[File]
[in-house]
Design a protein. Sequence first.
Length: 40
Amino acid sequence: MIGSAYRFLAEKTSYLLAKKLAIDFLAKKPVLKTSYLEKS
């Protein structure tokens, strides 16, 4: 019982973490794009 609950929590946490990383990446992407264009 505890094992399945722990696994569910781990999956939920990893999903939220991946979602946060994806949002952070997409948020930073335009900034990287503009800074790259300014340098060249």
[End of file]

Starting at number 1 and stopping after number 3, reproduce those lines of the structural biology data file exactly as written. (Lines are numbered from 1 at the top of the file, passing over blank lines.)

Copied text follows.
[in-house]
Design a protein. Sequence first.
Length: 40